The University of Oxford has been awarded £14 million towards postgraduate studentships from the Arts and Humanities Research Council (AHRC).
The award will provide funding for at least 200 students over the next five years in the form of a Doctoral Training Partnership (DTP).
Beginning next year, the funding will deliver postgraduate supervision, training and skills development in a range of disciplinary areas, helping nurture the next generation of highly-skilled researchers.
Professor Shearer West, Head of the Humanities Division at Oxford University, said: 'We warmly welcome this substantial commitment to postgraduate study in the arts and humanities at Oxford.
'This funding will help us continue to offer the world-class postgraduate teaching and research opportunities that saw Oxford ranked first in the UK and third in the world for the arts and humanities in the most recent Times Higher Education global university rankings.
'This type of funding for the arts and humanities is particularly important in the current financial climate and we look forward to working closely with the AHRC on the development of the DTP.'
Oxford is one of only two universities that were not part of a consortium to be awarded a DTP. The University was also a partner in two successful subject-specific applications for studentship funding: in Celtic Languages, led by the University of Glasgow, and the Centre for East European Language-Based Area Studies, led by UCL.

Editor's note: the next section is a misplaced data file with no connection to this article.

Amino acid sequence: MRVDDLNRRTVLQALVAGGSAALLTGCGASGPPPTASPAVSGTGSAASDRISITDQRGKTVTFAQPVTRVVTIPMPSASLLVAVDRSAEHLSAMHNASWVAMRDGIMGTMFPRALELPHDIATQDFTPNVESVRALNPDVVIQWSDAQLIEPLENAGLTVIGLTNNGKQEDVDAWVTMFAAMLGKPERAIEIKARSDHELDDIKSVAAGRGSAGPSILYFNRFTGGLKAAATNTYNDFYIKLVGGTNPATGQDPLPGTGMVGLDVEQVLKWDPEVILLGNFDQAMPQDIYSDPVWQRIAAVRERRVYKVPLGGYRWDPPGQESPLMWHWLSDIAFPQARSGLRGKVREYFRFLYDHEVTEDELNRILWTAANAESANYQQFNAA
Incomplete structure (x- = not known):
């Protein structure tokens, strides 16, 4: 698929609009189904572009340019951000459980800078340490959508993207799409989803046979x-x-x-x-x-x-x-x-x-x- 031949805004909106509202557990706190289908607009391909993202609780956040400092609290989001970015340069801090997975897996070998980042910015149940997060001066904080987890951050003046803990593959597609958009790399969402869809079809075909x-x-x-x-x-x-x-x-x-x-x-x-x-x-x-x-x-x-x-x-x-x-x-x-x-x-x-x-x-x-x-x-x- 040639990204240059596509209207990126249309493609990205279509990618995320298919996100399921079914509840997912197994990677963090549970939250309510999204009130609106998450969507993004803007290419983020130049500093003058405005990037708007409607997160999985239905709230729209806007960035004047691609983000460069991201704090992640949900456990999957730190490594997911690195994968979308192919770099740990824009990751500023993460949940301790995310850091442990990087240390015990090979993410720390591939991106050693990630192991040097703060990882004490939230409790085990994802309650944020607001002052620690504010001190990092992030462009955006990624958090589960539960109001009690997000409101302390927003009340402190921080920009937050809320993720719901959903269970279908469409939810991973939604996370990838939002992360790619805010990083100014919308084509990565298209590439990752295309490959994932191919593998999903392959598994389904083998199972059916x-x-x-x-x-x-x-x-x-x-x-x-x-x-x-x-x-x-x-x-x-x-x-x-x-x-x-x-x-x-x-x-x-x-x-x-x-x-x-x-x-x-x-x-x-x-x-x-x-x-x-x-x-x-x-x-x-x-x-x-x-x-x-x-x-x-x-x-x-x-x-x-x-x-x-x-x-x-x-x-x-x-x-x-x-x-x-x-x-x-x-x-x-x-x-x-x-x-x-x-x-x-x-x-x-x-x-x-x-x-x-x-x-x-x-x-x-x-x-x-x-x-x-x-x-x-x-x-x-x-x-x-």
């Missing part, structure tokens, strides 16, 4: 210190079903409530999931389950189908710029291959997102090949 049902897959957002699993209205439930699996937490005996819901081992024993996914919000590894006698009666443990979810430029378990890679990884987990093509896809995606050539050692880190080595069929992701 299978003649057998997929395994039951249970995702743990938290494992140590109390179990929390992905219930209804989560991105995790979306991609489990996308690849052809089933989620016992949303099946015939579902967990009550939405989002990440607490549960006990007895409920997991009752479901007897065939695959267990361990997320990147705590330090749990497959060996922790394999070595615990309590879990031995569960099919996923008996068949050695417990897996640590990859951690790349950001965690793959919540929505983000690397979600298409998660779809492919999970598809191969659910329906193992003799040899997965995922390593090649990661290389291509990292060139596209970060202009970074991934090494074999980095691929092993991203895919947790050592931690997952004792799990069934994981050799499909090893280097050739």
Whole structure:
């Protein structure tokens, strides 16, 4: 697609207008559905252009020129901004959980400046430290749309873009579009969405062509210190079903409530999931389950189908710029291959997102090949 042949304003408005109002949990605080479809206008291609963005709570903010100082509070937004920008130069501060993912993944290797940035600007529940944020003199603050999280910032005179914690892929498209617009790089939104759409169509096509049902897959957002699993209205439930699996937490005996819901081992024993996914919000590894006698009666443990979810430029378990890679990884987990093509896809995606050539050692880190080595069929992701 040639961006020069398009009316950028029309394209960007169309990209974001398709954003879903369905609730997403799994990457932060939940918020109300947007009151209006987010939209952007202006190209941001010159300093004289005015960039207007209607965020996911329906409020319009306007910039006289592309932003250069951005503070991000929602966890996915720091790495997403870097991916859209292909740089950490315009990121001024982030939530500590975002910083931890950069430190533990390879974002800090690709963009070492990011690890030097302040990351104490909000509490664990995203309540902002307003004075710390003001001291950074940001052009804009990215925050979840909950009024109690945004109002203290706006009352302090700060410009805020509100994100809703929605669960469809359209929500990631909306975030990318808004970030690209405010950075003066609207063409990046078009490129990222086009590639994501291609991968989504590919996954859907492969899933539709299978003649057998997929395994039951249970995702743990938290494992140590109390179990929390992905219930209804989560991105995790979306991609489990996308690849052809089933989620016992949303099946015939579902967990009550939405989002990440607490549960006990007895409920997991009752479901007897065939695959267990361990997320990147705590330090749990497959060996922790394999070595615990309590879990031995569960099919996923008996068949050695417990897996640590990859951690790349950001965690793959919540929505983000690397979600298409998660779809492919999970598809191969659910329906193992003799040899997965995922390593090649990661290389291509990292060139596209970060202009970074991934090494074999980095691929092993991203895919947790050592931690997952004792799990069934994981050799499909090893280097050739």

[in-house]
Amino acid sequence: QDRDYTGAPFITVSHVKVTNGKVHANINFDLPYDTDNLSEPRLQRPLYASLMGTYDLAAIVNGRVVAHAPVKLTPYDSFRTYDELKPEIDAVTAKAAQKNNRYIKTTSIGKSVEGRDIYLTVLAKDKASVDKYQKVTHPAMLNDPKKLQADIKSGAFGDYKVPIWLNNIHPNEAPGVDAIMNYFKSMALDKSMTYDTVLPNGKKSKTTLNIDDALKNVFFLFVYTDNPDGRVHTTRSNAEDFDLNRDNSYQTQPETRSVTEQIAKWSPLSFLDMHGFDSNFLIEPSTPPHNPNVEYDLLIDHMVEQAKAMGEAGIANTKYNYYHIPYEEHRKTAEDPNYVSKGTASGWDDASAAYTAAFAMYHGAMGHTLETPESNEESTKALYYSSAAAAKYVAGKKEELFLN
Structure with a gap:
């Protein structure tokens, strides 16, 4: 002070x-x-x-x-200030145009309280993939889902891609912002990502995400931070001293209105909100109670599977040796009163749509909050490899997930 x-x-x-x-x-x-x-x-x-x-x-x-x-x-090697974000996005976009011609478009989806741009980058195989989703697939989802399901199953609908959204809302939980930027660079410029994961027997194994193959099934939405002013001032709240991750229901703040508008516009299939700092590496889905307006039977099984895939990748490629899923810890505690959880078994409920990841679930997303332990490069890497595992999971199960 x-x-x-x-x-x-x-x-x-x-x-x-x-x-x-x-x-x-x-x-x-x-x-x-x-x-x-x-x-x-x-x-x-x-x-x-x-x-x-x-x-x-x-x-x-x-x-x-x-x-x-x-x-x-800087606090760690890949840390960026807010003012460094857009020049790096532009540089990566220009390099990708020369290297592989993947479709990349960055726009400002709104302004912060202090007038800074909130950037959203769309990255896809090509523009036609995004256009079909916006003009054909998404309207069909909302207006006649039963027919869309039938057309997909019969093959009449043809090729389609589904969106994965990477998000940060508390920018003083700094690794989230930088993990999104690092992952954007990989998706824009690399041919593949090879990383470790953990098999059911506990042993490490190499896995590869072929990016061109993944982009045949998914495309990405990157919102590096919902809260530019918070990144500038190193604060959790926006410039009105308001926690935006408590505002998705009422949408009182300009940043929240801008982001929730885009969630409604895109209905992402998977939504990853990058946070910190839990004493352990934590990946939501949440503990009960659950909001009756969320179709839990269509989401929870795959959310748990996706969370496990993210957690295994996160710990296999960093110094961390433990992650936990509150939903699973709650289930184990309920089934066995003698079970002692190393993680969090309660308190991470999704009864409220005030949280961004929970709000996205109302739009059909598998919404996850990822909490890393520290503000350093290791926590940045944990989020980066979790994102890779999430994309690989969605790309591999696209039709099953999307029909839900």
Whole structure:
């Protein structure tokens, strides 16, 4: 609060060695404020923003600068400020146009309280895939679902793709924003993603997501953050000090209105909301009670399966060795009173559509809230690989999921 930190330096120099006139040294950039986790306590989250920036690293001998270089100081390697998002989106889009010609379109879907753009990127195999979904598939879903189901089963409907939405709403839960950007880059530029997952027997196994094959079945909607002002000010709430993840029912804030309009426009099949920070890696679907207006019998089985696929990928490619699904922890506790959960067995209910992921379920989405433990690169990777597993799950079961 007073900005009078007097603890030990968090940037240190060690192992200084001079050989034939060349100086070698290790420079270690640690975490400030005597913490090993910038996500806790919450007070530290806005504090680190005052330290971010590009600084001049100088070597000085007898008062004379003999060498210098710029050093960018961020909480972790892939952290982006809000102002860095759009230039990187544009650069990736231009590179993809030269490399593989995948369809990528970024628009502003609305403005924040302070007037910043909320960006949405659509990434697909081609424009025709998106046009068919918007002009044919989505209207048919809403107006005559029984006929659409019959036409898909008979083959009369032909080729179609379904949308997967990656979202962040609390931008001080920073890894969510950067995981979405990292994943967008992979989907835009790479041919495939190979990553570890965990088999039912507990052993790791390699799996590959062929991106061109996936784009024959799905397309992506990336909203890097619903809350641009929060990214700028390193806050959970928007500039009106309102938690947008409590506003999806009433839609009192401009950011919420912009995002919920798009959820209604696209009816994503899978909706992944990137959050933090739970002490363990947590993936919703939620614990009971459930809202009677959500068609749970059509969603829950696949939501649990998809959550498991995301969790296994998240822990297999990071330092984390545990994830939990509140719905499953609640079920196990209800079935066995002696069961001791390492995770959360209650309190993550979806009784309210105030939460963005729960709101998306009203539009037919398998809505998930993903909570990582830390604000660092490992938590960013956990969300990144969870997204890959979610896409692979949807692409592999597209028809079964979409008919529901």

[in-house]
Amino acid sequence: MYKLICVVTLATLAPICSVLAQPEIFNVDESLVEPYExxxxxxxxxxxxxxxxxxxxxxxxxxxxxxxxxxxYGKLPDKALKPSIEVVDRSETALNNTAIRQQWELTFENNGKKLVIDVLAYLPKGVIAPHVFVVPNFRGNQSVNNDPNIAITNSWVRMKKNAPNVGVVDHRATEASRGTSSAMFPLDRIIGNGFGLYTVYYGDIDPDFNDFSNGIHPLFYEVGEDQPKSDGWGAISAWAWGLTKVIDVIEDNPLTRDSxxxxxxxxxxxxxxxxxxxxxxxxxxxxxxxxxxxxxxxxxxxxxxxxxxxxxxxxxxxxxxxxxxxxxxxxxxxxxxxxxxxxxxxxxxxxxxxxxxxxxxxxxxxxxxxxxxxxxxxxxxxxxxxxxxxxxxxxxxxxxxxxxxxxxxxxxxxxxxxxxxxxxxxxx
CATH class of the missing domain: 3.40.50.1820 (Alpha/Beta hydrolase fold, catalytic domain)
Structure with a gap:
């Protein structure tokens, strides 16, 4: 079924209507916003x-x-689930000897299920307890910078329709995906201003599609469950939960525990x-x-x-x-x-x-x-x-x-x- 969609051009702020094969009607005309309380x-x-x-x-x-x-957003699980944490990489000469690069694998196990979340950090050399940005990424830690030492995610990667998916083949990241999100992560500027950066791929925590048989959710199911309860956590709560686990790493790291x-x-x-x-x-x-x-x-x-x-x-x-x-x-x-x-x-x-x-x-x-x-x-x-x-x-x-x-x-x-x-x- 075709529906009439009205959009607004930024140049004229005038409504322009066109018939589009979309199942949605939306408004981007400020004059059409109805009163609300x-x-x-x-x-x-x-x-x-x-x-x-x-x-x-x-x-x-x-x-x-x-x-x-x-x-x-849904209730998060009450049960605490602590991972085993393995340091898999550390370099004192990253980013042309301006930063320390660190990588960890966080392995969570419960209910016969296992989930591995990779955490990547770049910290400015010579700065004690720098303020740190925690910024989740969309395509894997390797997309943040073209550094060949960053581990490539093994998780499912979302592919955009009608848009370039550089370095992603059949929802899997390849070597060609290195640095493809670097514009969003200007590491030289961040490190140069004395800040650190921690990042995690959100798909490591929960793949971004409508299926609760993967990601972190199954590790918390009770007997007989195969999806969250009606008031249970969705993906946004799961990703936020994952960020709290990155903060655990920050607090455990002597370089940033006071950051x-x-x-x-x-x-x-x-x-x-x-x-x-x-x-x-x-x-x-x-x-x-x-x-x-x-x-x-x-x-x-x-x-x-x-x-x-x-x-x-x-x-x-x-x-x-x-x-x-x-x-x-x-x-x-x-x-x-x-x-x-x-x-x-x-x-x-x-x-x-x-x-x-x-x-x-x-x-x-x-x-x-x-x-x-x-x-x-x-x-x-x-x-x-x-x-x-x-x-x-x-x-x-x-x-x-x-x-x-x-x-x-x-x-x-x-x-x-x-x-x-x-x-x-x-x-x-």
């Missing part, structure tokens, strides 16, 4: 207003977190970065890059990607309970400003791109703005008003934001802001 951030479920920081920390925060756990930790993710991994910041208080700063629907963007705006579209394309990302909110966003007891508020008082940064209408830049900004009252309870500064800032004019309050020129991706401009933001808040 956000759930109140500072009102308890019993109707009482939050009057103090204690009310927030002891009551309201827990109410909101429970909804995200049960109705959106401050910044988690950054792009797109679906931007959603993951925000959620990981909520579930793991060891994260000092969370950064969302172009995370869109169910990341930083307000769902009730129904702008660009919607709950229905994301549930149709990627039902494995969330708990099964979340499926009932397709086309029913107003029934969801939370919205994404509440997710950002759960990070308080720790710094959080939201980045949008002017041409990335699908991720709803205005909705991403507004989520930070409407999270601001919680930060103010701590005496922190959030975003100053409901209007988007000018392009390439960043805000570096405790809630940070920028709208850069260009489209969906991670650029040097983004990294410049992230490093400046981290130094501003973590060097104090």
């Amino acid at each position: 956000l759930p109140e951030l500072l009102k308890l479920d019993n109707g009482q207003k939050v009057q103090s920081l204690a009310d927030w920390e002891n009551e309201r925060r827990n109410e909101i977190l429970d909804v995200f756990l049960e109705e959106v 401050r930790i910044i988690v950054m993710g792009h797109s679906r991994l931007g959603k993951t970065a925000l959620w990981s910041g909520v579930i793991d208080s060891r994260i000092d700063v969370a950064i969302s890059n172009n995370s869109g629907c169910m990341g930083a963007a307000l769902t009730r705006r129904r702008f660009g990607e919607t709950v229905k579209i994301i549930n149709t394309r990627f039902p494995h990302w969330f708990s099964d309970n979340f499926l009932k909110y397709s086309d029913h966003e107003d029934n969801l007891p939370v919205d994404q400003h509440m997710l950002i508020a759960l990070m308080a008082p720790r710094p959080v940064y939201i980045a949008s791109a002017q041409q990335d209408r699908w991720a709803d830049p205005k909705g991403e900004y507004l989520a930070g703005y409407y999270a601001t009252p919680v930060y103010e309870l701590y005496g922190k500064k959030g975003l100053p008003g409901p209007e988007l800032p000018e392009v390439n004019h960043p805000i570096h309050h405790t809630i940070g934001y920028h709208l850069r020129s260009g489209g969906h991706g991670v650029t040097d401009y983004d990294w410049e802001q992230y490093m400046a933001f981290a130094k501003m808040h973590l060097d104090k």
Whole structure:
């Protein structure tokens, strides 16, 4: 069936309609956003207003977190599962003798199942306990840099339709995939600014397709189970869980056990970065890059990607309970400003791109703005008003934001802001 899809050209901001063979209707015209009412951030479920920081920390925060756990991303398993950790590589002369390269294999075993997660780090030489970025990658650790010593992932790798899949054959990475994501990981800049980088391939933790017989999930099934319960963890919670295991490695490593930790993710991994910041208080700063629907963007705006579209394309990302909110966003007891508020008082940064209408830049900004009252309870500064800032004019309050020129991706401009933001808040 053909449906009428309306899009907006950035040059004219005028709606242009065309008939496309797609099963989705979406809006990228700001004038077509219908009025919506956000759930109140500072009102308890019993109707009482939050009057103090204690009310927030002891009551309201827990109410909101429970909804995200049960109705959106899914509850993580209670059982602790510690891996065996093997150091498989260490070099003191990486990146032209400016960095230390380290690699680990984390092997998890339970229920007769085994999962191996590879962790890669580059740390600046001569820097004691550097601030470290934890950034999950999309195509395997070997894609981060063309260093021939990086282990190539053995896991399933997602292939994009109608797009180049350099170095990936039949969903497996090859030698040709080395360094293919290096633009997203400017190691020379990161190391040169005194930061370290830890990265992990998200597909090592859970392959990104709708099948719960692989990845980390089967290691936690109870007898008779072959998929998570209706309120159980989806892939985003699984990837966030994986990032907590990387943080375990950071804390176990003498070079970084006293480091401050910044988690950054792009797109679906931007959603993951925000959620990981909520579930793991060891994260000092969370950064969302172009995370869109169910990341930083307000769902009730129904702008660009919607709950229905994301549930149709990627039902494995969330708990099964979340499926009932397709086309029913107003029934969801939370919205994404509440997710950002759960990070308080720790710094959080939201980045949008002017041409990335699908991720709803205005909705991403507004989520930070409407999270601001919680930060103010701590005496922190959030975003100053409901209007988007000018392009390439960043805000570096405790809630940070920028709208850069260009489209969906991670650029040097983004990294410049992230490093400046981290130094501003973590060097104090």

Professor Rick Rylance, Chief Executive of the AHRC, said: 'This is an important step forward in delivering the best possible training and support for postgraduate students in the arts and humanities, and in developing a collaborative approach which pools expertise and expands horizons for postgraduate researchers.
'We are delighted at how the sector and partners beyond the sector have responded, and we look forward to working closely with them to support the next generation.'
Science and Universities Minister David Willetts added: 'The AHRC is creating more opportunities for the next generation of researchers, both within and beyond academia in the thriving arts and humanities sector. I’m particularly pleased to see an emphasis on student placements and additional skills training among the new arrangements.'